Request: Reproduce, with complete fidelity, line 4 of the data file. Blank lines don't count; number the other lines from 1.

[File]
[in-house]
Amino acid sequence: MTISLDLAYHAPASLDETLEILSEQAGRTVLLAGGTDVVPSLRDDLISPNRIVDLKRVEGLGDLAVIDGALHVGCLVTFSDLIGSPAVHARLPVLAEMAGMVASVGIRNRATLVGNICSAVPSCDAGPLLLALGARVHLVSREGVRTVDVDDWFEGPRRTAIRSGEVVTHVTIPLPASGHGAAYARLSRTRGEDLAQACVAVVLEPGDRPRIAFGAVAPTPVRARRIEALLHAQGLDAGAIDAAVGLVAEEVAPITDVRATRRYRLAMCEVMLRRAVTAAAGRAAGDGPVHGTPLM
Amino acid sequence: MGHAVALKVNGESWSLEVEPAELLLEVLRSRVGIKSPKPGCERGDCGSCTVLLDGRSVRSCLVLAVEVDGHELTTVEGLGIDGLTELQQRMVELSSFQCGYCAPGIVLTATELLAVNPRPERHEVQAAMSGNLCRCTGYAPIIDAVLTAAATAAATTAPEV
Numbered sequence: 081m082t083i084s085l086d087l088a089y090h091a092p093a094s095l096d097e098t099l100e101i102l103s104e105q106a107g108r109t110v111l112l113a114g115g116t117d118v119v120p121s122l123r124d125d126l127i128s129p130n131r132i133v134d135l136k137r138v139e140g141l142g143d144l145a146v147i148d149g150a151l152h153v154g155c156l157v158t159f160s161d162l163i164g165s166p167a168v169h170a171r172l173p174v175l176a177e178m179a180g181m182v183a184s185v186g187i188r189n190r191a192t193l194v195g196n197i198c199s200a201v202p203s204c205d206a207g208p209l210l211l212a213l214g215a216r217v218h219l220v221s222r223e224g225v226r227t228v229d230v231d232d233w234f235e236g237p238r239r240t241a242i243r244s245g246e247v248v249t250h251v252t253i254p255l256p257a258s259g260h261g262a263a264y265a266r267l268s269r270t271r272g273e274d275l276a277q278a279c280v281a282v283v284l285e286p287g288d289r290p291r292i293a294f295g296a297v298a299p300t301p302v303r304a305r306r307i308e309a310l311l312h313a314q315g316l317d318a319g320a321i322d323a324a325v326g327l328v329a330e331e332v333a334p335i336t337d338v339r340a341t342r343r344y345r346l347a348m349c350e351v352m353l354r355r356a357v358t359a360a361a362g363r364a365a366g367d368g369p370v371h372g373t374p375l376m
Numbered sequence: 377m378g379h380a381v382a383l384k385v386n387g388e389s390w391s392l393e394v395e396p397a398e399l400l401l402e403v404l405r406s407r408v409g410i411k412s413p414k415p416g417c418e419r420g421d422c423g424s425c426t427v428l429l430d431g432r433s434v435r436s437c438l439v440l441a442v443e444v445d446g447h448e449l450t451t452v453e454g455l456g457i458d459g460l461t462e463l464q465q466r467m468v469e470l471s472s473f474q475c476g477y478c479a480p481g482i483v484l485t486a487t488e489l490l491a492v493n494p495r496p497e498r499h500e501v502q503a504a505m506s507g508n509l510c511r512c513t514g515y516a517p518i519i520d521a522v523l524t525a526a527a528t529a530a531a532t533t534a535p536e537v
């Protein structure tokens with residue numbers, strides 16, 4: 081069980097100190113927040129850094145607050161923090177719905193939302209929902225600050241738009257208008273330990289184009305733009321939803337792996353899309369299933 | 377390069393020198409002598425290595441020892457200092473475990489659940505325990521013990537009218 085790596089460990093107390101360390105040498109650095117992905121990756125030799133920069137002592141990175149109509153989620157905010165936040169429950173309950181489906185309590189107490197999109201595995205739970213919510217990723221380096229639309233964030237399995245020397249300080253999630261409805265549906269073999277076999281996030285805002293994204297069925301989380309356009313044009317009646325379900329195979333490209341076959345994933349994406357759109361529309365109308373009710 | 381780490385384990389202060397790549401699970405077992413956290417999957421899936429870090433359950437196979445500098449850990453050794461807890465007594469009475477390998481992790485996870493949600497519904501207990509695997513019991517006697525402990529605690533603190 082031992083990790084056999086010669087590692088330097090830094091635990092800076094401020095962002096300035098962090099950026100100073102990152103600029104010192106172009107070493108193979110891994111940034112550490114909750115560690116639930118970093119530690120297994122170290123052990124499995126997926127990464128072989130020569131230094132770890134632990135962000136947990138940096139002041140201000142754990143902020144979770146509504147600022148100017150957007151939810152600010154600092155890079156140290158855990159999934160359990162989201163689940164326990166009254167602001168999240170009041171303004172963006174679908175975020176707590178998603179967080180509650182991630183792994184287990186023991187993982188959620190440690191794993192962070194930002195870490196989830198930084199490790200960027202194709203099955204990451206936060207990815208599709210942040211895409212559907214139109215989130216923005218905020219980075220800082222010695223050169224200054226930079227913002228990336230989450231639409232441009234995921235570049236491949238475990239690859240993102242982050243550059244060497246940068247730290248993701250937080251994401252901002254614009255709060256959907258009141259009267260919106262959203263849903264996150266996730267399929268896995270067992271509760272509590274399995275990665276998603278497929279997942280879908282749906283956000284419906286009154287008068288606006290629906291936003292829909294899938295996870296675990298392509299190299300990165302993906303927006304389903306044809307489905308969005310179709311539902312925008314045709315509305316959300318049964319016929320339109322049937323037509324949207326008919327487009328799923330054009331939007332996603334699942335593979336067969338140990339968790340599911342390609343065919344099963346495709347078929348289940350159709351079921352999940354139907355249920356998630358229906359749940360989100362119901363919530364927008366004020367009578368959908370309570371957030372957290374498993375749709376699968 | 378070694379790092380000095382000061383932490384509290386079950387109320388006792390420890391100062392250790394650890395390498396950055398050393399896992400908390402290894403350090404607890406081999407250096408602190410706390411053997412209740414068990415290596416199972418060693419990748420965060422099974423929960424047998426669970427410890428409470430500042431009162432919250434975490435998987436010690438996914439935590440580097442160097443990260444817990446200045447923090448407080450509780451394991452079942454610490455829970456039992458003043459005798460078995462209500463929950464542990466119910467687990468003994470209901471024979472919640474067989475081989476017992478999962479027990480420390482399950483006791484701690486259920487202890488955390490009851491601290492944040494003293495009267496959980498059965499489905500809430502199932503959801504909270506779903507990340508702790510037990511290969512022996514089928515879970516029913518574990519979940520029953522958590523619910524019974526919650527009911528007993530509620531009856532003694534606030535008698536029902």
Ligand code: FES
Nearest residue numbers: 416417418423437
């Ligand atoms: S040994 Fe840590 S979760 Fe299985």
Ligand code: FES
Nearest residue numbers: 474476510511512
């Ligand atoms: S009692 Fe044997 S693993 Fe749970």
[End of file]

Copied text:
Numbered sequence: 081m082t083i084s085l086d087l088a089y090h091a092p093a094s095l096d097e098t099l100e101i102l103s104e105q106a107g108r109t110v111l112l113a114g115g116t117d118v119v120p121s122l123r124d125d126l127i128s129p130n131r132i133v134d135l136k137r138v139e140g141l142g143d144l145a146v147i148d149g150a151l152h153v154g155c156l157v158t159f160s161d162l163i164g165s166p167a168v169h170a171r172l173p174v175l176a177e178m179a180g181m182v183a184s185v186g187i188r189n190r191a192t193l194v195g196n197i198c199s200a201v202p203s204c205d206a207g208p209l210l211l212a213l214g215a216r217v218h219l220v221s222r223e224g225v226r227t228v229d230v231d232d233w234f235e236g237p238r239r240t241a242i243r244s245g246e247v248v249t250h251v252t253i254p255l256p257a258s259g260h261g262a263a264y265a266r267l268s269r270t271r272g273e274d275l276a277q278a279c280v281a282v283v284l285e286p287g288d289r290p291r292i293a294f295g296a297v298a299p300t301p302v303r304a305r306r307i308e309a310l311l312h313a314q315g316l317d318a319g320a321i322d323a324a325v326g327l328v329a330e331e332v333a334p335i336t337d338v339r340a341t342r343r344y345r346l347a348m349c350e351v352m353l354r355r356a357v358t359a360a361a362g363r364a365a366g367d368g369p370v371h372g373t374p375l376m